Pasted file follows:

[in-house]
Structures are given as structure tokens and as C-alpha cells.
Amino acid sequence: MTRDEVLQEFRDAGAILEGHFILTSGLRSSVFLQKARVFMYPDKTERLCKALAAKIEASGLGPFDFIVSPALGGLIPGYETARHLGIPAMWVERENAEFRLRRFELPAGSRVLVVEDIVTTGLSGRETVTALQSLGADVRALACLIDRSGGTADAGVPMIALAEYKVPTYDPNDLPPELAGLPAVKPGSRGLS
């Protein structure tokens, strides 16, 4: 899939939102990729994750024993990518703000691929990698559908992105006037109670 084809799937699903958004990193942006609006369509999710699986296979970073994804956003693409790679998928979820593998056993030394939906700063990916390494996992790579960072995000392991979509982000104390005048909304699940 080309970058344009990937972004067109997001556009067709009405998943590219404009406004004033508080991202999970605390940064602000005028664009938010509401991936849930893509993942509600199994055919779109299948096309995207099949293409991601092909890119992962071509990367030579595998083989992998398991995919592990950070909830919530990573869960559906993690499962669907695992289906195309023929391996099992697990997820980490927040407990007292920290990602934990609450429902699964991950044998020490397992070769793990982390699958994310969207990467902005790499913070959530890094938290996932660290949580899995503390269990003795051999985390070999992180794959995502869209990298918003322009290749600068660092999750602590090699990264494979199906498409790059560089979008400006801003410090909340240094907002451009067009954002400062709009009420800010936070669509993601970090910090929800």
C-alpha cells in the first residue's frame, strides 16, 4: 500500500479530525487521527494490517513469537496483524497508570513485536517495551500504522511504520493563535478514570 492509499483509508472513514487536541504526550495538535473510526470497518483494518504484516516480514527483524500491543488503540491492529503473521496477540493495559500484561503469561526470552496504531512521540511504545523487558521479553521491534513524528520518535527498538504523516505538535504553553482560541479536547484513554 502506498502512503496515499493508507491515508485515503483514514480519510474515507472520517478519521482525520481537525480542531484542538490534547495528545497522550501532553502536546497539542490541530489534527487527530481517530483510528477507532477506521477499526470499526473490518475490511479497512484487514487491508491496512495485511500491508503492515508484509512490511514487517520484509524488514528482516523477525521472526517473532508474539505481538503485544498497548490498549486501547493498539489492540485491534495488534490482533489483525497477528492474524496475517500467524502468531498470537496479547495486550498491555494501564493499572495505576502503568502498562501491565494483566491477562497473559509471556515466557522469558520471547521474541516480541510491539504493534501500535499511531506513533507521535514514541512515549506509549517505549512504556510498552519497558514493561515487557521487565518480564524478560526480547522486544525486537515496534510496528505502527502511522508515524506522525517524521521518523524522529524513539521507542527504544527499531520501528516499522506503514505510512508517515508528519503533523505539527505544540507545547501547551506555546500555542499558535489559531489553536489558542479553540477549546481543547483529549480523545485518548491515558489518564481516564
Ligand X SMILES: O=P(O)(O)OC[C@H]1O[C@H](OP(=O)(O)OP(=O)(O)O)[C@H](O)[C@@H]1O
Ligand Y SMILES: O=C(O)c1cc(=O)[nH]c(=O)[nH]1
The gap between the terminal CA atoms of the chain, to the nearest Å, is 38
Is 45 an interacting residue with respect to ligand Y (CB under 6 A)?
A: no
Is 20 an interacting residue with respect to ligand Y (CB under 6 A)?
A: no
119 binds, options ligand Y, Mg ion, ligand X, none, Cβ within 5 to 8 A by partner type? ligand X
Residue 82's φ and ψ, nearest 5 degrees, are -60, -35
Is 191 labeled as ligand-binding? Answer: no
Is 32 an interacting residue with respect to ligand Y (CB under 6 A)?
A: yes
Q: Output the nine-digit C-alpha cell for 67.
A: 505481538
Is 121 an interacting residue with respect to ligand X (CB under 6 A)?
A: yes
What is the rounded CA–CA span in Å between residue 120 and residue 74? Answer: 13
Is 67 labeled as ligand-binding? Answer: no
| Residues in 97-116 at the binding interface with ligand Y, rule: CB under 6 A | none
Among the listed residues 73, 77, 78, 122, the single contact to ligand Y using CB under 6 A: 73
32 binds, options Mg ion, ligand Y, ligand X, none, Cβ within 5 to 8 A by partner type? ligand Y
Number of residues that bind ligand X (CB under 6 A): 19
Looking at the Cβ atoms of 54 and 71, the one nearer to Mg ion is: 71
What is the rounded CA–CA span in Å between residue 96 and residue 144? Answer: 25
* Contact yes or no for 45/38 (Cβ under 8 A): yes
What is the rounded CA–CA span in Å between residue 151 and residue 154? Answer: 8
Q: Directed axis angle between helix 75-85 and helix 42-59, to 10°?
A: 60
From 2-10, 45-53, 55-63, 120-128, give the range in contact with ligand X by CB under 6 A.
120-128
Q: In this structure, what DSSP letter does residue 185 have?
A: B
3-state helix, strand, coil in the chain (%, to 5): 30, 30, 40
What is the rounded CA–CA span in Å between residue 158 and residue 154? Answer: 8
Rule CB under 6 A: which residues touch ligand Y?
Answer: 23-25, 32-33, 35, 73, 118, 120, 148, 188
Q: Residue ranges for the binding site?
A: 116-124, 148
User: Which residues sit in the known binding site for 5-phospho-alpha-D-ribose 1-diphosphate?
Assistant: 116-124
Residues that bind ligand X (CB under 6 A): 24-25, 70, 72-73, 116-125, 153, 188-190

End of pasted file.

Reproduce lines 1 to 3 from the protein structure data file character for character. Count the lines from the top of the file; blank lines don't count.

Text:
[in-house]
Structures are given as structure tokens and as C-alpha cells.
Amino acid sequence: MTRDEVLQEFRDAGAILEGHFILTSGLRSSVFLQKARVFMYPDKTERLCKALAAKIEASGLGPFDFIVSPALGGLIPGYETARHLGIPAMWVERENAEFRLRRFELPAGSRVLVVEDIVTTGLSGRETVTALQSLGADVRALACLIDRSGGTADAGVPMIALAEYKVPTYDPNDLPPELAGLPAVKPGSRGLS